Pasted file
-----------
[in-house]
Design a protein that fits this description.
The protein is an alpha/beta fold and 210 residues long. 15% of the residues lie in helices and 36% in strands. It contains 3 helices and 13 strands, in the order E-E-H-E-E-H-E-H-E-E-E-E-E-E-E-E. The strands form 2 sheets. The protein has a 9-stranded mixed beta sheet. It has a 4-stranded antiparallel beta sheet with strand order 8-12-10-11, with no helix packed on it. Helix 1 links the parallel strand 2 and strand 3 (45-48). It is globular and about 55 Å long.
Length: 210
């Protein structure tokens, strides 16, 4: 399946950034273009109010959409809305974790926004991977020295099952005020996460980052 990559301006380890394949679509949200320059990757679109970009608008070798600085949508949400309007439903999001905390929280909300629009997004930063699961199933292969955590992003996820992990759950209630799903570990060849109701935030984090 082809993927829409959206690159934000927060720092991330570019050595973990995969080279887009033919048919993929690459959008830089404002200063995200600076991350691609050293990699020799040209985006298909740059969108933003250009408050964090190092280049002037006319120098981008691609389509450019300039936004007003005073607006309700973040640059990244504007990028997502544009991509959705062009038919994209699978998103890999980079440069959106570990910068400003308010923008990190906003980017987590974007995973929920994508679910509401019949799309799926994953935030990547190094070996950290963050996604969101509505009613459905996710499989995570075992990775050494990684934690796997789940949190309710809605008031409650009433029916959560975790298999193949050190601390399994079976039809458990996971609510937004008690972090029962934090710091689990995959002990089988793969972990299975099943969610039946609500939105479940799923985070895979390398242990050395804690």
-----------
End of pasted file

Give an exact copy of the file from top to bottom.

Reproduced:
[in-house]
Design a protein that fits this description.
The protein is an alpha/beta fold and 210 residues long. 15% of the residues lie in helices and 36% in strands. It contains 3 helices and 13 strands, in the order E-E-H-E-E-H-E-H-E-E-E-E-E-E-E-E. The strands form 2 sheets. The protein has a 9-stranded mixed beta sheet. It has a 4-stranded antiparallel beta sheet with strand order 8-12-10-11, with no helix packed on it. Helix 1 links the parallel strand 2 and strand 3 (45-48). It is globular and about 55 Å long.
Length: 210
């Protein structure tokens, strides 16, 4: 399946950034273009109010959409809305974790926004991977020295099952005020996460980052 990559301006380890394949679509949200320059990757679109970009608008070798600085949508949400309007439903999001905390929280909300629009997004930063699961199933292969955590992003996820992990759950209630799903570990060849109701935030984090 082809993927829409959206690159934000927060720092991330570019050595973990995969080279887009033919048919993929690459959008830089404002200063995200600076991350691609050293990699020799040209985006298909740059969108933003250009408050964090190092280049002037006319120098981008691609389509450019300039936004007003005073607006309700973040640059990244504007990028997502544009991509959705062009038919994209699978998103890999980079440069959106570990910068400003308010923008990190906003980017987590974007995973929920994508679910509401019949799309799926994953935030990547190094070996950290963050996604969101509505009613459905996710499989995570075992990775050494990684934690796997789940949190309710809605008031409650009433029916959560975790298999193949050190601390399994079976039809458990996971609510937004008690972090029962934090710091689990995959002990089988793969972990299975099943969610039946609500939105479940799923985070895979390398242990050395804690």